Unlike our first result just referred to, its converse,
Theorem 2, does not use the theory of the core.
That is, although
we allow for finite coalitions, it turns out that all equilibrium
outcomes of our game can be supported by strategies according to which
all trade takes place in pairs. In this sense, pairwise trade arises as
an endogenous feature of the procedure instead of being imposed as an
exogenous restriction. On the other hand, our trading procedure
is indeed decentralized, since finite coalitions are negligible in the
continuum. Moreover, if all gains from trade in the economy can be
exhausted in coalitions bounded by
a given finite size *k* (e.g. assignment markets, like in
RW (1985) in which *k=2*), one can restrict
the matching
process to meetings of size *k+1*.

...

From the July 1998 version

By using the insights of the theory of the core, this paper presents a model of decentralized trade through bargaining in coalitions of finite size. This allows us to obtain equivalence results among core, Walrasian and strategic equilibrium allocations for a wide class of large exchange economies, including non-differentiable non-convex preferences and indivisible goods.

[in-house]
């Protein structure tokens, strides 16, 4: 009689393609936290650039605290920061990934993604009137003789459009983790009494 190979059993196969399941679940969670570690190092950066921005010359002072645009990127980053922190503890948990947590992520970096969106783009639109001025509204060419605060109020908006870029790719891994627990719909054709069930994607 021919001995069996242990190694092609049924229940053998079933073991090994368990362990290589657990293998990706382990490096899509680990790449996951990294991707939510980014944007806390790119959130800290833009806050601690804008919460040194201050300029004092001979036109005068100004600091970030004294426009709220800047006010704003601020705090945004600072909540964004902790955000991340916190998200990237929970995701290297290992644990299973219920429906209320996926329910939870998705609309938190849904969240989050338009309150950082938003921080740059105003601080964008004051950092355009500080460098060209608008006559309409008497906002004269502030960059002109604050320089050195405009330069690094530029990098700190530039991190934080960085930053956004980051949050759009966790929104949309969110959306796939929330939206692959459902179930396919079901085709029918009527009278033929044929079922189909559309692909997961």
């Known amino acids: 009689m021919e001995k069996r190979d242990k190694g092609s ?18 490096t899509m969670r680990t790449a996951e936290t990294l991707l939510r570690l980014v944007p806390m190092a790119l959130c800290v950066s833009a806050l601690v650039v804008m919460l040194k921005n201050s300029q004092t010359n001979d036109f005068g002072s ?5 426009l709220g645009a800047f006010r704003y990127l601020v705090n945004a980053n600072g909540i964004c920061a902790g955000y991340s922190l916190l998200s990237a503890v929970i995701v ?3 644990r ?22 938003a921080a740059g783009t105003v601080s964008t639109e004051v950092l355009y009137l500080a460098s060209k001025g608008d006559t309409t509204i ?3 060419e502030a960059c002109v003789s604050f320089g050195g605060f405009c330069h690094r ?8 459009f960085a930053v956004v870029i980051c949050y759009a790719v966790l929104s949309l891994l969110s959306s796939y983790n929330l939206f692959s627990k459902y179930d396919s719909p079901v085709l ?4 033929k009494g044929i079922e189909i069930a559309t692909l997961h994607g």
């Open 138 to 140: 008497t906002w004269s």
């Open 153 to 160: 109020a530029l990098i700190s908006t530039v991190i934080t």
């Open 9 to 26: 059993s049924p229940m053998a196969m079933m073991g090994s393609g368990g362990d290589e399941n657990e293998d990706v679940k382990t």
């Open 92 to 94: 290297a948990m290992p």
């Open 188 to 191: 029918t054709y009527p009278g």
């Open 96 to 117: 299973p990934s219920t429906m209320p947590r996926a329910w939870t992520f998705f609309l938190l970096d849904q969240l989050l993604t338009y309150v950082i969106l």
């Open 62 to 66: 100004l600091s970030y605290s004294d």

Our results are robust to several extensions of the model. First,
we could allow for any entry process (not necessarily one time
entry) as long as the measure of the total entering population is
finite. Second, different bargaining procedures in the coalitional
meetings could be adopted: for example, veto power can be given
only to those responders who are offered a non-zero trade vector.
Third, we only need to assume that an agent's probability of
meeting a coalition of size *n* be positive. In particular, we
could assume that the probability of meeting a coalition of more
than two agents be arbitrarily small and all our results would go
through. Thus, Gale's model can be viewed as the "limit" of ours
as the probabilities of multilateral meetings vanish. This poses
the important open question of lower hemicontinuity of the
equilibrium payoff correspondence, i.e., which of the extra
assumptions made by Gale are really needed to obtain the result
using only trade in pairs.